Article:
InterpreterMCIS Language Services An Interpreter translates the message from one language to another after each person speaks in a conversation.MCIS Language Serviceshttp://mcislanguages.com/789 Don Mills RdSuite 608North York, OntarioM3C 1T5 MCIS Language Services is an online website providing Oral Interpretation Services, Translation and Transcription, and Social Intitiatives in over 200 languages. Requests can be made online 24/7 for an in-person interpreter, or for a scheduled phone/video interpreter.Fee – unable to find accurate fee unless a form for interpreter services is filled out and submitted.Referral – no referral requiredAvailability – phone and Video interpretation services are available immediately upon request, but if an in-person interpreter is reqired, it takes about 24 hours is the suggested waiting period.
Speech and Language TherapistToronto Preschool Speech and Language Services Speech and Language Therapists work with a child to assist in the development of the child’s verbal and non-verbal communication, language and also their swallowing and feeding skills.Toronto Preschool Speech and Language Services Preschool Speech and Language Program Toronto Public Health 416-338-8255 (voice) 416-338-0025 (TTY) email@example.comToronto Preschool Speech and Language Services provides an excellent program for children who may require a wide range of services or assessments due to delays in language or speech development. Services are free, do not require OHIP coverage, and are provided for all ages from birth till entry into senior kindergarten. Services provided include – assessment of children’s language development, speech and language workshops for children and their families, therapy in groups or individually if needed, and a transitional plan for the child when he is ready to start kindergarten.Fee – No cost to the family.Referral – No referral required. Parents, Caregivers, Nurseries, etc. can call the agency directly.Availability – Appointments are given in a timely manner; at the most, 1 month wait.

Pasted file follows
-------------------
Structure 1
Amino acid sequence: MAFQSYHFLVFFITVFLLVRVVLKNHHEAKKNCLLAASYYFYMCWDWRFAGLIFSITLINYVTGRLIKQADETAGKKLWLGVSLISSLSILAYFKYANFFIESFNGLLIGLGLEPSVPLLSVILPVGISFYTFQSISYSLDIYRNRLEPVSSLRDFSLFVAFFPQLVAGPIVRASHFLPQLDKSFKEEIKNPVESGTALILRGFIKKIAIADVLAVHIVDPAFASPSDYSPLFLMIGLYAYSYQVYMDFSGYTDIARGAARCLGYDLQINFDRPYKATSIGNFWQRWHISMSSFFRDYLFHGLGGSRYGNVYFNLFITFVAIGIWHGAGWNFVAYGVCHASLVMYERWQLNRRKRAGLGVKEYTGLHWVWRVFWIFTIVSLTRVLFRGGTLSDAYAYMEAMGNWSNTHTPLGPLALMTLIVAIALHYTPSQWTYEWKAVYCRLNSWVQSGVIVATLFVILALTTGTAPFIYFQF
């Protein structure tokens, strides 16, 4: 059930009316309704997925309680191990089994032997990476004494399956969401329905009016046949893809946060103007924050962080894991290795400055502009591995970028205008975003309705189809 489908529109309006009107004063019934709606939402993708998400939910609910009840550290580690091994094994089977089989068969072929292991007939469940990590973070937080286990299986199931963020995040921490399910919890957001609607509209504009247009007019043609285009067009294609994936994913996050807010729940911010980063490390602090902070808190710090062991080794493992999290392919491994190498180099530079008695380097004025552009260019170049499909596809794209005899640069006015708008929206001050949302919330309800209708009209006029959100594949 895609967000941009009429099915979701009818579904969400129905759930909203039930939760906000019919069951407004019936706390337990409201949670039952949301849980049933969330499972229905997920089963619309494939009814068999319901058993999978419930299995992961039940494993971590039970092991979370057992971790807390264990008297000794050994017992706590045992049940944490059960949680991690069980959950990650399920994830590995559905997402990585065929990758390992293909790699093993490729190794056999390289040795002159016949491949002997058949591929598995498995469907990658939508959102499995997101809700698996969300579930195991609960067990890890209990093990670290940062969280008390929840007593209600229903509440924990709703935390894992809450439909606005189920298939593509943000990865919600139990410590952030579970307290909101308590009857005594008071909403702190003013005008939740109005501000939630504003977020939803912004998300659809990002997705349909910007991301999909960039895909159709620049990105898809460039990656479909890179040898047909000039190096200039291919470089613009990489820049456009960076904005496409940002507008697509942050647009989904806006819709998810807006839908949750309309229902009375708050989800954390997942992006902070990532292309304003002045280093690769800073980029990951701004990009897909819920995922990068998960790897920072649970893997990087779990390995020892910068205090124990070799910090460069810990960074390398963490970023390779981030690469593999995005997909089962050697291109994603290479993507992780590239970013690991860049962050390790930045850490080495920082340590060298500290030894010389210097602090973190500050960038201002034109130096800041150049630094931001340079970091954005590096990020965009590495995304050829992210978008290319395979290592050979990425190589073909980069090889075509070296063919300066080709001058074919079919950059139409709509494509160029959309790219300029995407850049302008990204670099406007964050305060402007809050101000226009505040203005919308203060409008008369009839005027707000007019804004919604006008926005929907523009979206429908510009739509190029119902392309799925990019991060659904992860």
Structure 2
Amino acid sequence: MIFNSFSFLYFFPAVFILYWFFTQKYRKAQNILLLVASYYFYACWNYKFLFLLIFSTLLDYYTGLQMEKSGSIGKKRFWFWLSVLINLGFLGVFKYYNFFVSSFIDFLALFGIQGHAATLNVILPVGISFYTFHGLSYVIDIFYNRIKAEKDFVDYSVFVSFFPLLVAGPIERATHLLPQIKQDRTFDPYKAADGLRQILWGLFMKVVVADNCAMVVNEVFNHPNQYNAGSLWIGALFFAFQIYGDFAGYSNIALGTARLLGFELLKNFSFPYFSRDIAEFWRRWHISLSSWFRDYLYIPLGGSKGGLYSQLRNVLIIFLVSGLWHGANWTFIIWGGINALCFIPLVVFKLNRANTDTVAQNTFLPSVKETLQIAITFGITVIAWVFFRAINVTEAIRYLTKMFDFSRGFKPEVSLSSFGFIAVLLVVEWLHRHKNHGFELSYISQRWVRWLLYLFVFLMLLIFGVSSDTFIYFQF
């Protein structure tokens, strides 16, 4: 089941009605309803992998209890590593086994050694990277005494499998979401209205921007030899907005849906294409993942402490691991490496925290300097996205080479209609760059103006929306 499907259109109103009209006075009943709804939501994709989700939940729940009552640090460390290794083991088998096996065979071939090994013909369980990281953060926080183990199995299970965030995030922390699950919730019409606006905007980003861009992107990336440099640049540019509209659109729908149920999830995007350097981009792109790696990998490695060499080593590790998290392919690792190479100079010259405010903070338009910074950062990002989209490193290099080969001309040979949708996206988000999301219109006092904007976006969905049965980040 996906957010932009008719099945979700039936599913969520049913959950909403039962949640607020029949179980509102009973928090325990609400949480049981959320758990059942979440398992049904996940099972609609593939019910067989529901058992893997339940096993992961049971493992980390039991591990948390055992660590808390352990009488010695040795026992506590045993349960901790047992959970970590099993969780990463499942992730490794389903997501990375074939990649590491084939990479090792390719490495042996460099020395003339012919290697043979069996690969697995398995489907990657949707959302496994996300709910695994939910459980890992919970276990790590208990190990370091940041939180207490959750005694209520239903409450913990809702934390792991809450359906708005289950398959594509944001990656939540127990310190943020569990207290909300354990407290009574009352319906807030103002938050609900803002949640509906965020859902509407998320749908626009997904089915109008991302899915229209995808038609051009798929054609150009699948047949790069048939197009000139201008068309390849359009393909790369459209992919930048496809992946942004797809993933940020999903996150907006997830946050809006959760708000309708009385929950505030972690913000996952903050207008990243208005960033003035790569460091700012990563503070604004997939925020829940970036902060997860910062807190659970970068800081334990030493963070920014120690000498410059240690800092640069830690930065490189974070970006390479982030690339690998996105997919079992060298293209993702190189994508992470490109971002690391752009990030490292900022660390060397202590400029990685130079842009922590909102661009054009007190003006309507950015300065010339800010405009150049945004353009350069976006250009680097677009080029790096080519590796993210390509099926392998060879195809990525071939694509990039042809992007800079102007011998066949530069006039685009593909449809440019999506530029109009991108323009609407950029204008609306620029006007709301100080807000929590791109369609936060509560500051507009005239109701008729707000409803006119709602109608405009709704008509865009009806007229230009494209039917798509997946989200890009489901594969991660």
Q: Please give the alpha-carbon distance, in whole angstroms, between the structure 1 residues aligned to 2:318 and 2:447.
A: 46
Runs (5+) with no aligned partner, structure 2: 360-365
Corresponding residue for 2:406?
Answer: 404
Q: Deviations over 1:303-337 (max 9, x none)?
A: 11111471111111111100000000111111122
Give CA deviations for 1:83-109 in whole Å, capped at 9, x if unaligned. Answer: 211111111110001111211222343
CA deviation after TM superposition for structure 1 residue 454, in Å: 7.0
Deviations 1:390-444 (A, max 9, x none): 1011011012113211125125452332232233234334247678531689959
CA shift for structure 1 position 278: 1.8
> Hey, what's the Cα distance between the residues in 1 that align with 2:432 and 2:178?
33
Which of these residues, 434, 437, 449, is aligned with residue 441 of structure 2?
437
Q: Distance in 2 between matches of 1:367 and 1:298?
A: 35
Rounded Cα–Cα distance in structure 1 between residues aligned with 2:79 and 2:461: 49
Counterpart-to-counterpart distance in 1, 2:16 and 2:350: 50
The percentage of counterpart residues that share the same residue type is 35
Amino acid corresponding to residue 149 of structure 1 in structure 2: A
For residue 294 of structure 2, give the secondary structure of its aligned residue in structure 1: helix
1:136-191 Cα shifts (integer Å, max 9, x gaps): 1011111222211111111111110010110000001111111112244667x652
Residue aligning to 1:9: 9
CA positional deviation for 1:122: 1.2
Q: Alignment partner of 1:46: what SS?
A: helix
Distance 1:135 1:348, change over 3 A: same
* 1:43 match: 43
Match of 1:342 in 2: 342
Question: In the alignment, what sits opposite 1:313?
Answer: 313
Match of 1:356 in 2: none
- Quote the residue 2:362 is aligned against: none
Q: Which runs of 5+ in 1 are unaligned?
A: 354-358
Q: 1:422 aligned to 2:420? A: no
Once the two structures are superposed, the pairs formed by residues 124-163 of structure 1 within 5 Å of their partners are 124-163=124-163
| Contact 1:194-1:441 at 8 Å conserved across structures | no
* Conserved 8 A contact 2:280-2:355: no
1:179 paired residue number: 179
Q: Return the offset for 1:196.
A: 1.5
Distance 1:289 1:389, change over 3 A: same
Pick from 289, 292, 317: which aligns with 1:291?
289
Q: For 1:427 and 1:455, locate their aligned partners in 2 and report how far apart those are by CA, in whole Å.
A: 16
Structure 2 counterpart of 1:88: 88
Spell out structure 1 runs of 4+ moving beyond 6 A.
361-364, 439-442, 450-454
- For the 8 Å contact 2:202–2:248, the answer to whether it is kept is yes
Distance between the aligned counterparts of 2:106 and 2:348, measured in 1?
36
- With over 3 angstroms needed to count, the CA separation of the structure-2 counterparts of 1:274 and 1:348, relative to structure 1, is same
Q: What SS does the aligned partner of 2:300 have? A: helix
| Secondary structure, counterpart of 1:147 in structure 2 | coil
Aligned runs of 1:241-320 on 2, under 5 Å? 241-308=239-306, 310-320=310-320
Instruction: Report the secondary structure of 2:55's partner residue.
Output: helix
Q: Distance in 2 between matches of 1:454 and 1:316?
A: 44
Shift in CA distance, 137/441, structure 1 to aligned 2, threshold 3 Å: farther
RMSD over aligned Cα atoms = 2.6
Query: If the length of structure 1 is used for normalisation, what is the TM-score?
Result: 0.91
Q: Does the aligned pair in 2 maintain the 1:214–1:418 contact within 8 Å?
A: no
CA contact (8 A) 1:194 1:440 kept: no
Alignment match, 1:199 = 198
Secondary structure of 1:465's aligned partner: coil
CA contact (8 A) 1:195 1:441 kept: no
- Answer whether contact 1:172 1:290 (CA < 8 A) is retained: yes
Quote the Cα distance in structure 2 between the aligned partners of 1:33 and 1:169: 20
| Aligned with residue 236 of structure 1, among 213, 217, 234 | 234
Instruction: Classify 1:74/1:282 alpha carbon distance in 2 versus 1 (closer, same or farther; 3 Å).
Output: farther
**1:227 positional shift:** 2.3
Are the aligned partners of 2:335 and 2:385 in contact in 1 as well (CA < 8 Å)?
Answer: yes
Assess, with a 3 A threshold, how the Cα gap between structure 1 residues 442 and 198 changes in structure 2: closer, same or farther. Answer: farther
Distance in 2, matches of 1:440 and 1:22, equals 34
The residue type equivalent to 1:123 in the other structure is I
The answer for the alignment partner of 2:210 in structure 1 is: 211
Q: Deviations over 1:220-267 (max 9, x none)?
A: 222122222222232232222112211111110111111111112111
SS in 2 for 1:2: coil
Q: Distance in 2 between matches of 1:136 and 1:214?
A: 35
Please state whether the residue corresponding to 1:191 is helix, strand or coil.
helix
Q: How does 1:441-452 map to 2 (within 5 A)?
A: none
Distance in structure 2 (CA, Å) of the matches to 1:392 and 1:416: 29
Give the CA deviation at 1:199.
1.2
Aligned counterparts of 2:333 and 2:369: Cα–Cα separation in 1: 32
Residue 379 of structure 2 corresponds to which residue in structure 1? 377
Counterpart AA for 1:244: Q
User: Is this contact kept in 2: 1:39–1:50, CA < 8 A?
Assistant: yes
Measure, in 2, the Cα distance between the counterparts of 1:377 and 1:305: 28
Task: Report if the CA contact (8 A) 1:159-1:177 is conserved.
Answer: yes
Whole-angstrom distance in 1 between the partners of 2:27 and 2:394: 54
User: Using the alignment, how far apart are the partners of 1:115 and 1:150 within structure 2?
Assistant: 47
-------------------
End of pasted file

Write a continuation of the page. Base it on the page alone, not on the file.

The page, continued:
Bibliography1. Definition of Hearing Impairment. Industry Canada Website. Retrieved on March 10, 2013 from http://www.apt.gc.ca/wat/wb14200e.asp?did=5.2. Image. International Symbol of Access for Hearing Impairment. Deafness Forum of Australia. Retrieved on March 3, 2013 from http://www.deafnessforum.org.au/index.php?q=accessible-accomodation.3. Image. Girl Doing Sign Language. Retrieved on March 29, 2013 from http://www.google.ca/imgres?q=hearing+impairment&hl=en&biw=1365&bih=596&tbm=isch&tbnid=5Yd2sDS2TVbr1 M:&imgrefurl=http://www.cdc.gov/ncbddd/kids/hearing.html&docid=iZgcoiPBcA_H9M&imgurl=http://www.cdc.gov /ncbddd/kids/images/sign-language-kid- kq.jpg&w=298&h=243&ei=35NVUcfvLcX5qwHYooC4DQ&zoom=1&iact=hc&vpx=310&vpy=264&dur=328&hovh=194&h ovw=238&tx=146&ty=125&page=1&tbnh=140&tbnw=172&start=0&ndsp=21&ved=1t:429,r:9,s:0,i:133.4. Main Types of Hearing Loss. Kentuckys Office for the Americans with Disabilities Act. Retrieved on March 2, 2013 from http://ada.ky.gov/hearing_imp_def.htm.5. Image. Main Types of Hearing Loss. Green Business and Lifestyle Blog. Conductive Hearing Loss in Newborn. http://www.google.ca/imgres?q=conductive+hearing+loss&hl=en&sa=X&biw=1365&bih=596&tbm=isch&tbnid=EC3m mj5CFSfc0M:&imgrefurl=http://www.greenbizletter.com/conductive-hearing-loss-in- newborn/&docid=eirbIxE7zD59DM&imgurl=http://greenbizletter.com/wp- content/uploads/2012/03/hearing_types.jpg&w=375&h=285&ei=YJZVUbv9BMfyqQHi2oGYCg&zoom=1&iact=hc&vpx= 291&vpy=110&dur=3073&hovh=196&hovw=258&tx=150&ty=131&page=1&tbnh=142&tbnw=187&start=0&ndsp=21&ved=1t: 429,r:2,s:0,i:102 .